• Lana Stanczak

Why 'Alice Doesn't Live Here Anymore' Deserves Our Attention

The conversation around Martin Scorsese's The Irishman has grown exponentially since its release on Netflix. One debate that has been sparked concerns Anna Paquin's character and her lack of dialogue, which has become a discussion about Scorsese's treatment of female characters in general. What some of his critics seem to forget is that Scorsese made a feminist film very early on in his career; 1974's Alice Doesn't Live Here Anymore.

Alice Doesn't Live Here Anymore stars Ellen Burstyn as Alice Hyatt, a former singer. When her husband dies suddenly, she and her son move away from their home in New Mexico to start a new chapter in California, but after some complications, they end up in Arizona where Alice begins work as a waitress.

Burstyn won an Academy Award for her role in this film, and as you can see on the faces of her fellow nominees (Diahann Carroll, Faye Dunaway, Valerie Perrine, & Gena Rowlands) when her name was read, it was a shocker of a win. But it isn't really that shocking, because her performance is superb. Alice as a character is extremely well written (by screenwriter Robert Getchell), with a realistic range of characteristics. She can be witty, she can be tough, she can be vulnerable, and Burstyn plays with all of those to the point where Alice feels like someone you know. When the movie ends, you miss her.

Speaking of realism, that is what makes this film incredibly strong. The characters talk and interact the way real people would. At times it feels like Scorsese's strength in documentary filmmaking bleeds into this particular narrative and makes you feel like you're simply watching a real woman live her life. There is a scene with Alice and her son Tommy (Alfred Lutter) where they get into a lighthearted "water fight." This type of scene has nothing to do with the plot itself but gives so much insight into the relationship between these two people. It is because of these grounded moments that Alice's world feels so tangible.

When Burstyn met with Scorsese to possibly direct this film after seeing Mean Streets (1973). She told him she wanted the movie told from a woman's point of view and asked if he knew anything about women. He replied, "I'd like to learn." And clearly, he did. According to Burstyn, she wanted a project that reflected the mental awakening the women's movement had triggered in society. She wanted a story that showed women as they truly were. Alice is in an extremely vulnerable place and life is forcibly changed. Yet, she maintains strength in herself. When she attempts to get a job singing and is asked to turn around so the boss can "look at her" she says, "Look at my face, I don't sing with my ass." Despite the immense pain she feels inside, she is determined to get her life together for the sake of her son, and herself. And any mother can relate to that.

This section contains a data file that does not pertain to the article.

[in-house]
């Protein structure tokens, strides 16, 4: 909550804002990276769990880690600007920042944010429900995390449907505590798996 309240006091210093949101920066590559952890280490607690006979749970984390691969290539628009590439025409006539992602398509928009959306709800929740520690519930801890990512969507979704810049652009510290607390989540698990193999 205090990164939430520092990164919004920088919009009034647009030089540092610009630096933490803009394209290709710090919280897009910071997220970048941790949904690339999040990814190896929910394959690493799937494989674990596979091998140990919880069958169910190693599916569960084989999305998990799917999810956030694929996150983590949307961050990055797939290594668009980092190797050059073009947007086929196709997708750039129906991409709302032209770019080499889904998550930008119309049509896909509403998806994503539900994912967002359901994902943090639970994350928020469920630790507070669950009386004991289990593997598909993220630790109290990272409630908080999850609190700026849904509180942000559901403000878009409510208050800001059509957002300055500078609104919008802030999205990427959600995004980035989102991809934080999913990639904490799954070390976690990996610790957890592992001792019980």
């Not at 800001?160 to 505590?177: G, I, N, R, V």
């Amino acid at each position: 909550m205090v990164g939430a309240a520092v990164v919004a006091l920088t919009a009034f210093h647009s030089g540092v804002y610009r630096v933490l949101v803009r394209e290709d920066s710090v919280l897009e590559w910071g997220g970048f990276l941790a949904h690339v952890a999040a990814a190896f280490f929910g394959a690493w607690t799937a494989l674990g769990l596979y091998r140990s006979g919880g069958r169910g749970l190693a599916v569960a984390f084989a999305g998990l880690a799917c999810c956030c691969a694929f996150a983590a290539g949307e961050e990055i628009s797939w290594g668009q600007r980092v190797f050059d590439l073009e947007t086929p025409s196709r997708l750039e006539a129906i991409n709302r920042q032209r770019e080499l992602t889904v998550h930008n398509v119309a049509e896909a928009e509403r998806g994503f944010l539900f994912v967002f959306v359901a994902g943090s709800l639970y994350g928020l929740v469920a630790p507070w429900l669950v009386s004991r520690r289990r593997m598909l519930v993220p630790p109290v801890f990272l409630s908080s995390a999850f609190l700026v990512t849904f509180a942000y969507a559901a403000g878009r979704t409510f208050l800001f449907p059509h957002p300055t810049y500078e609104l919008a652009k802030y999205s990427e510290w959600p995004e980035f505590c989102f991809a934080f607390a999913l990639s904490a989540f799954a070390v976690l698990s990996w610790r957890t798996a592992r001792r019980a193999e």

There is also an emphasis on the importance of female friendship. When Alice gets a job at a diner, she finds a friend in a fellow waitress, Flo (Diane Ladd). Near the end of the film, there is a beautiful scene in which Alice breaks down to Flo in the bathroom. She confesses that she doesn't know how to live without a man to take care of her. In a humorous but touching conversation, Flo tells her, "The first thing you gotta do is figure out what you want. Once you figure it out, you just jump in there with both feet and let the devil take the hindmost."

Burstyn is the standout of the film, but there's something to be said for the supporting actors in the film as well. Ladd received a deserved Best Supporting Actress nomination. She's quick-witted and serves as the mama bear of the diner, not taking anything from anyone, even the owner, Mel. Jodie Foster appears as Audrey, a rebellious tomboy who befriends Tommy. Her role here is perhaps an even stronger performance than her role in 1976's Taxi Driver. Frequent Scorsese collaborator Harvey Keitel plays Ben, Alice's first romance after her husband's death, and Kris Kristofferson plays David, the man she ends up with. Even though some of these characters are not present through much of the film, they are all well developed. They contribute to Alice's world and to the ups and downs that any person might actually experience.

In 1976, the TV series Alice was created, based on Alice Doesn't Live Here Anymore and ran for 9 seasons. Despite this and Burstyn's Oscar win, the film has not received the attention much of Scorsese's filmography does. For women who are fans of Scorsese, this movie is an absolute delight to discover. Unfortunately, it is his only female-led film to date (although a project starring Meryl Streep and Sharon Stone is apparently wrapped), which is unfortunate. But nevertheless, Alice Doesn't Live Here Anymore is a high point of Scorsese's career which should be celebrated more than it currently is.



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